Give this poppy soil with excellent drainage. It is so waterwise, it is approved for xeric gardening!

    Icelandic Poppy

    Iceland poppies require cool weather to perform well. (Image by Jessie Keith)

    As the common name suggests, these delicate poppies are adapted to cool weather, but surprisingly, they are not from Iceland, as their common name suggests. They are boreal flowers native across the whole of the north from Europe across to North America. Icelandic poppies (Papaver nudicaule) thrive cool spring weather throughout much of the US, and southwestern winters with mild, cool temperatures. They usually survive as short-lived perennials, so expect to plant them again after three years or so. Plants may die in high summer heat.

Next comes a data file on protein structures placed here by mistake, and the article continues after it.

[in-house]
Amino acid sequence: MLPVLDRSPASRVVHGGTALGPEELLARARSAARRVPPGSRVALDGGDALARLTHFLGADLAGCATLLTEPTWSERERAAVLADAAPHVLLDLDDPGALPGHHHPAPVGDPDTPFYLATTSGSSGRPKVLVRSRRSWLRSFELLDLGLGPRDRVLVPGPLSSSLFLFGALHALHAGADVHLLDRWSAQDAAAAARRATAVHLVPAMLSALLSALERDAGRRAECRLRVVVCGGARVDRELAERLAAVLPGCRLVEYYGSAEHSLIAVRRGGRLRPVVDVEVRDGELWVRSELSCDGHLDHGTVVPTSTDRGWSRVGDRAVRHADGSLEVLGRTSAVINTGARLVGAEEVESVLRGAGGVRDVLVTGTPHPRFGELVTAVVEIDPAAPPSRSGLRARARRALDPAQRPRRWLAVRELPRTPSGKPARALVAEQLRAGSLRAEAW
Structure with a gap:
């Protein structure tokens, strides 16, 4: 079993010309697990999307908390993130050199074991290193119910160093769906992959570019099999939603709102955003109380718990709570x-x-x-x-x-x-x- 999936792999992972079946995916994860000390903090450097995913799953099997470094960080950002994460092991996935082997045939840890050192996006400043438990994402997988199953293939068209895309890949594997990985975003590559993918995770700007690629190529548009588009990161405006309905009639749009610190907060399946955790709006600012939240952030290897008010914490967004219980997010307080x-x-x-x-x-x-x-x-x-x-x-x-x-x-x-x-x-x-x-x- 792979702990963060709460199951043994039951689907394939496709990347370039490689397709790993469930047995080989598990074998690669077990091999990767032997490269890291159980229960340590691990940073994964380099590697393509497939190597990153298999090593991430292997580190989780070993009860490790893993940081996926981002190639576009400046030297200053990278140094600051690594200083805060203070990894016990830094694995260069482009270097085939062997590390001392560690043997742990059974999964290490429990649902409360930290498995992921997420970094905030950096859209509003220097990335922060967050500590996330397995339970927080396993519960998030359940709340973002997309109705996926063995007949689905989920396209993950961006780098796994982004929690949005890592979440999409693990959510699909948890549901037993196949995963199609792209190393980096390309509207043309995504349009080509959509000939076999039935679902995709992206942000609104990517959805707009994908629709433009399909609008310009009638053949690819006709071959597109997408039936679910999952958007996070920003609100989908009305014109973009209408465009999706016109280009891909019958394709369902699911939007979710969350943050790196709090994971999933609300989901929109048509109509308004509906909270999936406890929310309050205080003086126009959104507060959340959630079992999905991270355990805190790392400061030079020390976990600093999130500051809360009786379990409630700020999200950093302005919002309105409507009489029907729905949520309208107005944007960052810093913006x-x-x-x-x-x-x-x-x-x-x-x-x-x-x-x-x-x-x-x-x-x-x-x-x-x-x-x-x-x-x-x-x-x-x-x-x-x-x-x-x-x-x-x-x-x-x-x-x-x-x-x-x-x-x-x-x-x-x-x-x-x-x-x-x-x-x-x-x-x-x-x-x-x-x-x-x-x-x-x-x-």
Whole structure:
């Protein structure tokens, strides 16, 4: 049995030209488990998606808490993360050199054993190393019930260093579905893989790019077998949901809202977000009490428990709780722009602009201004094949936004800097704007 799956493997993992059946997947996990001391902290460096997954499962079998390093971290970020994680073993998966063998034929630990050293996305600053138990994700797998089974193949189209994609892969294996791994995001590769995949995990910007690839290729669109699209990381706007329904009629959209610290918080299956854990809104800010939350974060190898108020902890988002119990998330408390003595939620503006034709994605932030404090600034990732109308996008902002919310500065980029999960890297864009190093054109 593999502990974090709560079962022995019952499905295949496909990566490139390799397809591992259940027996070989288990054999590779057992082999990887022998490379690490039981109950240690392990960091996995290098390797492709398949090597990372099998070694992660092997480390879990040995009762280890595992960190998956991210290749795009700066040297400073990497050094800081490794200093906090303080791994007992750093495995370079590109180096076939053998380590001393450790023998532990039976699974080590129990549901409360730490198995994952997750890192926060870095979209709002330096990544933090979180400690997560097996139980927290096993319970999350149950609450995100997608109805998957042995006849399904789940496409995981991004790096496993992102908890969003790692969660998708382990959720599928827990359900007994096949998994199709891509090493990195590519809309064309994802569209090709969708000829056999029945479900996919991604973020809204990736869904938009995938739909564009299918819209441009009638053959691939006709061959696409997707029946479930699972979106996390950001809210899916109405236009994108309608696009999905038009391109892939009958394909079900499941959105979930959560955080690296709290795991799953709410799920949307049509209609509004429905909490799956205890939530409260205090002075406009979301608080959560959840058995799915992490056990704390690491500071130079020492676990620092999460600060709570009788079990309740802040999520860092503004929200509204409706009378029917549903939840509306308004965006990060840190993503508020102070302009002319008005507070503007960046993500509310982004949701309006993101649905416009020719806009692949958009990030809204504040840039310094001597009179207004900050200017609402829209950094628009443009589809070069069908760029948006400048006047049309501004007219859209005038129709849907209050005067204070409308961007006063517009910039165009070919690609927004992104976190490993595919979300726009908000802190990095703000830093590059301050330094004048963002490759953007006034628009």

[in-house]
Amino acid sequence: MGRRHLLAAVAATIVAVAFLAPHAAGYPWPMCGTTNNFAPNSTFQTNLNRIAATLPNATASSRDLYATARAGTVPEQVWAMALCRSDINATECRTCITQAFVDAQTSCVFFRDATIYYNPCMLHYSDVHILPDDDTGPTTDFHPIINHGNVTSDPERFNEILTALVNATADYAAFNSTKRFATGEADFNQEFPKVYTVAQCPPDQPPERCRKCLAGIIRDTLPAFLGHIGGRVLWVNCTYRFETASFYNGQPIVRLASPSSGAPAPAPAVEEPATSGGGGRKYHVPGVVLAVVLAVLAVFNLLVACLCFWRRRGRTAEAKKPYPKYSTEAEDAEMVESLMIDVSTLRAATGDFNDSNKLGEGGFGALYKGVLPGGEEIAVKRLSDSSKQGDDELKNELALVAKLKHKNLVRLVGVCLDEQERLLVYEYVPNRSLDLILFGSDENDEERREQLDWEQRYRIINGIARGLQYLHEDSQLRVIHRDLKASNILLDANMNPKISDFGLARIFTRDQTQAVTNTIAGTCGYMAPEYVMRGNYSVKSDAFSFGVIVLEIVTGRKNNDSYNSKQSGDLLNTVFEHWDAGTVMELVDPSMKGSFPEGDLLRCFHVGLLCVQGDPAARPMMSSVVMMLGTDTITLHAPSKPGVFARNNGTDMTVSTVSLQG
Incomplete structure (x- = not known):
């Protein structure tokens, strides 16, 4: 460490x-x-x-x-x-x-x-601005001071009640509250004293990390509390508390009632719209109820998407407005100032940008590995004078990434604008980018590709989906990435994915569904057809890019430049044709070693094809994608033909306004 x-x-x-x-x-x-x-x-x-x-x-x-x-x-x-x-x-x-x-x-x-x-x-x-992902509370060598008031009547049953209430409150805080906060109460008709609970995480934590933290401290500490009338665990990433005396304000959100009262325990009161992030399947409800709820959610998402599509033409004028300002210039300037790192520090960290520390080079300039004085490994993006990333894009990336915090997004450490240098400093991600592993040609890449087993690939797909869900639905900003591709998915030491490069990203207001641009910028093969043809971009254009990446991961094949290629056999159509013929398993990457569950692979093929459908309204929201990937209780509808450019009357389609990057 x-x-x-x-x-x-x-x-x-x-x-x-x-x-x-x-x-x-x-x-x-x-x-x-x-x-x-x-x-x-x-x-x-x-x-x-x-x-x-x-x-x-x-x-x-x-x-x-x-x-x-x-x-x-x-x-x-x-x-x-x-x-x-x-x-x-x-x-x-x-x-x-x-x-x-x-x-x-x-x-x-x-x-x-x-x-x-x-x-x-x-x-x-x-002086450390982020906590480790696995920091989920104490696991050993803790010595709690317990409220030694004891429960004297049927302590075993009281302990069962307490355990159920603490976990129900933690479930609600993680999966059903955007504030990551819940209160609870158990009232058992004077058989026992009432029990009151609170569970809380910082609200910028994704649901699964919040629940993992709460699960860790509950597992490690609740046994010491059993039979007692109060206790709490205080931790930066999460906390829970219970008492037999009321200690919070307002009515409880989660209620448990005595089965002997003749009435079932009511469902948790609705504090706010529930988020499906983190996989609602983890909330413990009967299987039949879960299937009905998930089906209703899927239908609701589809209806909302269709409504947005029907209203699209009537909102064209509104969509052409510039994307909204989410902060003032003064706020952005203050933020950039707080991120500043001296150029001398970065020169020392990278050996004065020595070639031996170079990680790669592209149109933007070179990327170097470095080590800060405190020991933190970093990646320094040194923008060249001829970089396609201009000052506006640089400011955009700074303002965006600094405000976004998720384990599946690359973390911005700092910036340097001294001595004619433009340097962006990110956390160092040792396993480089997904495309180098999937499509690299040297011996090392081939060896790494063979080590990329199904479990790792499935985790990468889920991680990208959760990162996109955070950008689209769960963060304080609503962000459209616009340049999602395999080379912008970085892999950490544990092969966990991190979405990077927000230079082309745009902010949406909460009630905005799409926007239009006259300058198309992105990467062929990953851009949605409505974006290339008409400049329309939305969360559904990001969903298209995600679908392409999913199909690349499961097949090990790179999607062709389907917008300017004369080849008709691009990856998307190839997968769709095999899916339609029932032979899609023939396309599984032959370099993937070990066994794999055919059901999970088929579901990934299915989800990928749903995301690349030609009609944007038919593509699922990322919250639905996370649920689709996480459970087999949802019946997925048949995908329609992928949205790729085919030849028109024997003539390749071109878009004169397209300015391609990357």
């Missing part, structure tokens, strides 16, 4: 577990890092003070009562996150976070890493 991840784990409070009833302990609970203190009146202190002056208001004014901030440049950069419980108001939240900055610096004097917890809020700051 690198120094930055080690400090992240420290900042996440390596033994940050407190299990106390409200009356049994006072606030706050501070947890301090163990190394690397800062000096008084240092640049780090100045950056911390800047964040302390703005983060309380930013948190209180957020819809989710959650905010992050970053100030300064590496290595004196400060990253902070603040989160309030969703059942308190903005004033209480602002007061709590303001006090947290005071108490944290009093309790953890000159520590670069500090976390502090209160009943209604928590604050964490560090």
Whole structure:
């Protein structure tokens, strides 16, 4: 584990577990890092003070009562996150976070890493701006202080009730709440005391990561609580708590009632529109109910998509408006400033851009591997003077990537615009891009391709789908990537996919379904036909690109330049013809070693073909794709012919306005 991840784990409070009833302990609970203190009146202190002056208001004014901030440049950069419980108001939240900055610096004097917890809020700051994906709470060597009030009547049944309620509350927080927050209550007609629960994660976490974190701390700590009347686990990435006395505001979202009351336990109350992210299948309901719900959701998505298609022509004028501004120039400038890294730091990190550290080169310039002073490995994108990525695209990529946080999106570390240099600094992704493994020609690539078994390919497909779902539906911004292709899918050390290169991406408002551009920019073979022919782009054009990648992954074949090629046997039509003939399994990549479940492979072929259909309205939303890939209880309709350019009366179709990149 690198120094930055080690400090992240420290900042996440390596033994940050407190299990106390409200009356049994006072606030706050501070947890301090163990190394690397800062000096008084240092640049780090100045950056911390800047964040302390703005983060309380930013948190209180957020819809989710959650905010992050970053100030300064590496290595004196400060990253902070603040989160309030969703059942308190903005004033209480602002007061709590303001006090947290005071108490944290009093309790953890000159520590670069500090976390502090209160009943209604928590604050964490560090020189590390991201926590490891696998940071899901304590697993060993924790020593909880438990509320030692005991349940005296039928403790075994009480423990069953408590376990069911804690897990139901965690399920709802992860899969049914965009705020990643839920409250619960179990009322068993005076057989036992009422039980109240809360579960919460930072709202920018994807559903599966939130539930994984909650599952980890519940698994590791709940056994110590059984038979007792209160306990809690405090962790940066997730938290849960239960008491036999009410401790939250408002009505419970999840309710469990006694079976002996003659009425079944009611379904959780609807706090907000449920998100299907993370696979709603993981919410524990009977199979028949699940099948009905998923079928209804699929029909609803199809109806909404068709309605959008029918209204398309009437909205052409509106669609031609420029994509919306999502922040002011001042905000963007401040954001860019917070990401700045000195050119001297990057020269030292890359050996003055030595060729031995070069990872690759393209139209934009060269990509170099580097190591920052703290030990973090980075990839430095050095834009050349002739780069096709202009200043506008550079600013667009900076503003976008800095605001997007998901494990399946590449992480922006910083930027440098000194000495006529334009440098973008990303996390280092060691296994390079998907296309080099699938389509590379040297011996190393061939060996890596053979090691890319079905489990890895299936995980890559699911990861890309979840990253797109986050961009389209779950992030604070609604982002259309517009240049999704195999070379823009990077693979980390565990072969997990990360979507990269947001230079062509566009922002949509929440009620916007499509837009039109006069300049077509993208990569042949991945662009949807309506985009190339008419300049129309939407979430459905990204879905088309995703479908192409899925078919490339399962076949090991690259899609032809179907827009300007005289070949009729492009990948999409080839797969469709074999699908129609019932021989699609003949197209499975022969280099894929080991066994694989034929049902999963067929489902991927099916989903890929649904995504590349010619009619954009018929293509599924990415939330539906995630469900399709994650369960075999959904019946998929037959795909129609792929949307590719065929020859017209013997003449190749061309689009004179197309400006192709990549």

The papery flowers of Iceland poppies come in lots of pretty shades of salmon, orange, pink, white, apricot, and yellow. Try Meadow Pastels, a delicate mix with ruffled flowers in almost every color.

    Oriental Poppy

    Old-fashioned oriental poppies are a perennial border staple.

    The large, bowl-shaped blooms of oriental poppies are distinguished by showy clusters of black stamens in the center of each flower. Theses long-lived perennials bloom in early summer, and traditional forms have classic orange-red flowers with ruffled petals. They have been a mainstay in flower gardens for hundreds of years, and though it sounds like they should come from “the Orient” they are native to northern Turkey and Iran, and the Caucasus mountains.